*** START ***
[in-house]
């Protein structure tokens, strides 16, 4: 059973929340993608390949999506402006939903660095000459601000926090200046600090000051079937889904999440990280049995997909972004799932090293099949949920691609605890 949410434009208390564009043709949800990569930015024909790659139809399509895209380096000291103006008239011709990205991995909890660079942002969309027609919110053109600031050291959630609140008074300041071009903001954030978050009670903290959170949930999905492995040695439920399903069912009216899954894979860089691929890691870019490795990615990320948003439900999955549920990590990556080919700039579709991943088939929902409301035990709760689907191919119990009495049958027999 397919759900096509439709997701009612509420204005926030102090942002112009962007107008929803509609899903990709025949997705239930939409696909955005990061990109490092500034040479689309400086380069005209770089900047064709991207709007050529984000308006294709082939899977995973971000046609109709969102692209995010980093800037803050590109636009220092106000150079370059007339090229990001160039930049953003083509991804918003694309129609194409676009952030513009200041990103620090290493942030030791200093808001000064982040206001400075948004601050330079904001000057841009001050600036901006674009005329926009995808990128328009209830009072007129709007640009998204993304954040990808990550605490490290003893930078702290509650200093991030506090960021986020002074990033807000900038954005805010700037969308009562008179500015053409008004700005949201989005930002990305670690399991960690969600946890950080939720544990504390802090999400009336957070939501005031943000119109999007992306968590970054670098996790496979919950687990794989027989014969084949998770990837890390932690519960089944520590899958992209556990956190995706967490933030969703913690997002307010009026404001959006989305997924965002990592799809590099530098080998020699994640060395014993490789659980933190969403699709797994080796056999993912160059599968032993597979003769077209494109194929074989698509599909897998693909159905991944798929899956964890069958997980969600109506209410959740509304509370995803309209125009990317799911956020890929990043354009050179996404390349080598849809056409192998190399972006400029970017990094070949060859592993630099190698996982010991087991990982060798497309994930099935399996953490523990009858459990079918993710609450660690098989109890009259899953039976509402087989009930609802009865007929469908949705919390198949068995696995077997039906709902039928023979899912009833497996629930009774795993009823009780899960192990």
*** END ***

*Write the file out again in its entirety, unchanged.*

[in-house]
């Protein structure tokens, strides 16, 4: 059973929340993608390949999506402006939903660095000459601000926090200046600090000051079937889904999440990280049995997909972004799932090293099949949920691609605890 949410434009208390564009043709949800990569930015024909790659139809399509895209380096000291103006008239011709990205991995909890660079942002969309027609919110053109600031050291959630609140008074300041071009903001954030978050009670903290959170949930999905492995040695439920399903069912009216899954894979860089691929890691870019490795990615990320948003439900999955549920990590990556080919700039579709991943088939929902409301035990709760689907191919119990009495049958027999 397919759900096509439709997701009612509420204005926030102090942002112009962007107008929803509609899903990709025949997705239930939409696909955005990061990109490092500034040479689309400086380069005209770089900047064709991207709007050529984000308006294709082939899977995973971000046609109709969102692209995010980093800037803050590109636009220092106000150079370059007339090229990001160039930049953003083509991804918003694309129609194409676009952030513009200041990103620090290493942030030791200093808001000064982040206001400075948004601050330079904001000057841009001050600036901006674009005329926009995808990128328009209830009072007129709007640009998204993304954040990808990550605490490290003893930078702290509650200093991030506090960021986020002074990033807000900038954005805010700037969308009562008179500015053409008004700005949201989005930002990305670690399991960690969600946890950080939720544990504390802090999400009336957070939501005031943000119109999007992306968590970054670098996790496979919950687990794989027989014969084949998770990837890390932690519960089944520590899958992209556990956190995706967490933030969703913690997002307010009026404001959006989305997924965002990592799809590099530098080998020699994640060395014993490789659980933190969403699709797994080796056999993912160059599968032993597979003769077209494109194929074989698509599909897998693909159905991944798929899956964890069958997980969600109506209410959740509304509370995803309209125009990317799911956020890929990043354009050179996404390349080598849809056409192998190399972006400029970017990094070949060859592993630099190698996982010991087991990982060798497309994930099935399996953490523990009858459990079918993710609450660690098989109890009259899953039976509402087989009930609802009865007929469908949705919390198949068995696995077997039906709902039928023979899912009833497996629930009774795993009823009780899960192990």